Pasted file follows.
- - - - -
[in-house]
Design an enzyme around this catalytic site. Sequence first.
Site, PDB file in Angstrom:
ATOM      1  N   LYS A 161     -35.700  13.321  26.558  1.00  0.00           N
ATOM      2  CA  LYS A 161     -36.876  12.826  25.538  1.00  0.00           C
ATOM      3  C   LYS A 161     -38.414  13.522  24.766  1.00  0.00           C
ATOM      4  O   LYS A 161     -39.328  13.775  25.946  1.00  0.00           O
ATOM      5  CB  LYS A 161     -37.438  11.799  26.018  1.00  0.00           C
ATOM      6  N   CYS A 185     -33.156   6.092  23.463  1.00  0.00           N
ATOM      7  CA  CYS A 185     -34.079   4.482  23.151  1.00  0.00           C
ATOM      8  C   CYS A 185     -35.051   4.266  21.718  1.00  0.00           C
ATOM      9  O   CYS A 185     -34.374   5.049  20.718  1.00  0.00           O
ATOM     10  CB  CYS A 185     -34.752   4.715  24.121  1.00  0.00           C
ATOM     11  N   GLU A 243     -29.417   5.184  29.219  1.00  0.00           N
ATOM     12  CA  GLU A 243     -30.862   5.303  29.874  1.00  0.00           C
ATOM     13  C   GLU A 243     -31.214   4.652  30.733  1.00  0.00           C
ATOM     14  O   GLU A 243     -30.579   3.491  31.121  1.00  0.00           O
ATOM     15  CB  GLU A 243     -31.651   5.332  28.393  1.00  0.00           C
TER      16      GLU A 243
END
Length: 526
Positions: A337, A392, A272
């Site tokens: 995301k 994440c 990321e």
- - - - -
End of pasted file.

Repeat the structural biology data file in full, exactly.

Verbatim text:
[in-house]
Design an enzyme around this catalytic site. Sequence first.
Site, PDB file in Angstrom:
ATOM      1  N   LYS A 161     -35.700  13.321  26.558  1.00  0.00           N
ATOM      2  CA  LYS A 161     -36.876  12.826  25.538  1.00  0.00           C
ATOM      3  C   LYS A 161     -38.414  13.522  24.766  1.00  0.00           C
ATOM      4  O   LYS A 161     -39.328  13.775  25.946  1.00  0.00           O
ATOM      5  CB  LYS A 161     -37.438  11.799  26.018  1.00  0.00           C
ATOM      6  N   CYS A 185     -33.156   6.092  23.463  1.00  0.00           N
ATOM      7  CA  CYS A 185     -34.079   4.482  23.151  1.00  0.00           C
ATOM      8  C   CYS A 185     -35.051   4.266  21.718  1.00  0.00           C
ATOM      9  O   CYS A 185     -34.374   5.049  20.718  1.00  0.00           O
ATOM     10  CB  CYS A 185     -34.752   4.715  24.121  1.00  0.00           C
ATOM     11  N   GLU A 243     -29.417   5.184  29.219  1.00  0.00           N
ATOM     12  CA  GLU A 243     -30.862   5.303  29.874  1.00  0.00           C
ATOM     13  C   GLU A 243     -31.214   4.652  30.733  1.00  0.00           C
ATOM     14  O   GLU A 243     -30.579   3.491  31.121  1.00  0.00           O
ATOM     15  CB  GLU A 243     -31.651   5.332  28.393  1.00  0.00           C
TER      16      GLU A 243
END
Length: 526
Positions: A337, A392, A272
């Site tokens: 995301k 994440c 990321e």